Last night I was wrapping up some weekend to-do list items in my home office when my four-year-old son and two-year-old daughter walked in. We had given them a bath a half hour earlier and they had just finished a 20-minute session in their bounce house (their Christmas present this year) in the basement.
“Lexa, play ‘What Does the Fox Say’,” Ava said with a huge smile on her face.
“Alexa, play ‘What Does the Fox Say,” Evan said, offering a little bit of assistance.
“Playing ‘Fox, What Does the Fox Say’ by Ylvis on Spotify Music,” Alexa responded.
For the next 15 minutes, the kids had a dance party, telling their friend Alexa to play everything from “I Like to Move It” to “You Give Love a Bad Name.” My wife and I danced with them. It was a great time.
Alexa wasn’t the fifth person in the room, although she certainly acts like it sometimes. She’s the operating system on my Amazon Echo Dot.
On Friday I got back from Consumer Electronic Show (CES) in Las Vegas, where I had spent the week meeting with partners and checking out the latest technology. I walked the showroom floor, stopping to see the cool (a game where you fire a nerf-like gun at drones) and the not-so-cool (a recliner that shakes your way to weight loss).
While there was a lot of talk about virtual reality and augmented reality, I left with the impression that voice technology was going to overtake those as the biggest technology of 2017.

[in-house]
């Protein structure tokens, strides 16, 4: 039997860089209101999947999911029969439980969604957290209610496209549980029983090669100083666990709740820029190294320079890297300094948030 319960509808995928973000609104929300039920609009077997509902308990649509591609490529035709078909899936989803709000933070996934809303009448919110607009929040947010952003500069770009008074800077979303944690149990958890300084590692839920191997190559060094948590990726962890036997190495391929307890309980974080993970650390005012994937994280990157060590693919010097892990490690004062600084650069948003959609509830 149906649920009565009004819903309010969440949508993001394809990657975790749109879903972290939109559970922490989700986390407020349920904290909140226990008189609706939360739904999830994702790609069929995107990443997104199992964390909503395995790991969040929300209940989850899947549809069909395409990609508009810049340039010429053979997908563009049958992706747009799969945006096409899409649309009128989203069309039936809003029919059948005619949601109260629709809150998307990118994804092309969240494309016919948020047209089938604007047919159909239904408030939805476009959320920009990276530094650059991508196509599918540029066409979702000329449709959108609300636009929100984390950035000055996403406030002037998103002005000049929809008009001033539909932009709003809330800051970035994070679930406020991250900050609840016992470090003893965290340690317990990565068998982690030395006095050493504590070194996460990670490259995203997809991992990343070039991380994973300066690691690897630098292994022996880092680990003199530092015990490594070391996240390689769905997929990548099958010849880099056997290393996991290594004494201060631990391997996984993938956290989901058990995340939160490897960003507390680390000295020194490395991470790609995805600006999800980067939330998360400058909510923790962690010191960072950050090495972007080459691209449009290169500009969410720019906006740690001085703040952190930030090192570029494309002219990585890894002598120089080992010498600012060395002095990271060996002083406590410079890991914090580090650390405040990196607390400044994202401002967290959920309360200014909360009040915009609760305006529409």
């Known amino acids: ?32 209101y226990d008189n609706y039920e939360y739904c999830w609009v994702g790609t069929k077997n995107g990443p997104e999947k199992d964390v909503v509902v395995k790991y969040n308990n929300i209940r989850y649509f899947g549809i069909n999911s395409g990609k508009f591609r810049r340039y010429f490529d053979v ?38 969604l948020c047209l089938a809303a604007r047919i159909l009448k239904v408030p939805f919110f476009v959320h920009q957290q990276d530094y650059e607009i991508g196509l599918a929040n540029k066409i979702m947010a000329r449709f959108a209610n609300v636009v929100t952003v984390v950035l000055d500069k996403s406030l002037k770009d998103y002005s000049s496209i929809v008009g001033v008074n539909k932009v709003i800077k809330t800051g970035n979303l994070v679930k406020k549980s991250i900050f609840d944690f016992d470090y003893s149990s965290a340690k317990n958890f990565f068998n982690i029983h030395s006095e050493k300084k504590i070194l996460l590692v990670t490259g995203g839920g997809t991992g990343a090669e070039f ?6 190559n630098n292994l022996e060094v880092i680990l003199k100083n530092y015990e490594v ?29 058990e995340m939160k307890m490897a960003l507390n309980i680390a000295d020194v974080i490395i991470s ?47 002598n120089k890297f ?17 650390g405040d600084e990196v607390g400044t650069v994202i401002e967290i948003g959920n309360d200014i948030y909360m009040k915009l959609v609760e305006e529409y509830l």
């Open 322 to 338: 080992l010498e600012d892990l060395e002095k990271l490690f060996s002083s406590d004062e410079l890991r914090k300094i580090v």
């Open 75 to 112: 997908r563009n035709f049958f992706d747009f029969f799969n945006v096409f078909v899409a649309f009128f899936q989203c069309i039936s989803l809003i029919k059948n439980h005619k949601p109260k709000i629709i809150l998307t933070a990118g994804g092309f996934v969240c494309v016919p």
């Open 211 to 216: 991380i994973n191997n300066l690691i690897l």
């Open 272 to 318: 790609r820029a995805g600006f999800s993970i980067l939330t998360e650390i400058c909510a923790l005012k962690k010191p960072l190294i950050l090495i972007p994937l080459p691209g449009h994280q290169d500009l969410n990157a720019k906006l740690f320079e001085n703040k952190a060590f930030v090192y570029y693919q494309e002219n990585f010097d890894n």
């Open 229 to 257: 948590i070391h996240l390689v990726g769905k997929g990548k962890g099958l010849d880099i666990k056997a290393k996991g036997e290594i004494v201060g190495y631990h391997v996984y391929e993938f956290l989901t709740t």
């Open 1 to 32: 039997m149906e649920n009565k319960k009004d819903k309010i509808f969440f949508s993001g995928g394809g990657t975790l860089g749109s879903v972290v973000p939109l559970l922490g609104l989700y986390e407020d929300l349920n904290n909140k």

First off, virtual reality has an uphill battle: there is a need for product adoption (glasses, headsets, seats that move, etc.). This reminds me of 3D TVs — interesting concept, but expensive hardware. Augmented reality has a better chance of overtaking VR, at least in the near term because you can use a device you already own (your phone) to change the landscape of the world around you. It’s hard to get fully immersed in that though, where VR has the advantage.
Voice technology, however, is being integrated into technology and products we already have relationships with. Cars, refrigerators, lights and more are all integrating with this technology. Much of it is built upon Alexa, which is the operating system of record for the technology. (Echo is the product Amazon released to run Alexa, yet Alexa can be integrated on many products not owned by Amazon — i.e. Microsoft Windows or Google Android.)
What my earlier story highlights is the fact that my kids love music, yet if they wanted to listen to these songs they love, they’d have to ask. They know how to navigate YouTube, but only video after video. They know how to turn on the TV, but not the channels they love. They can even turn on a computer, but not navigate the web.
When they want to play a video on YouTube, they ask us. When they want to watch television, they ask us. Voice is the most natural form of communication in the world. So when they want to hear their favorite song, all they have to do is ask.
And Alexa answers.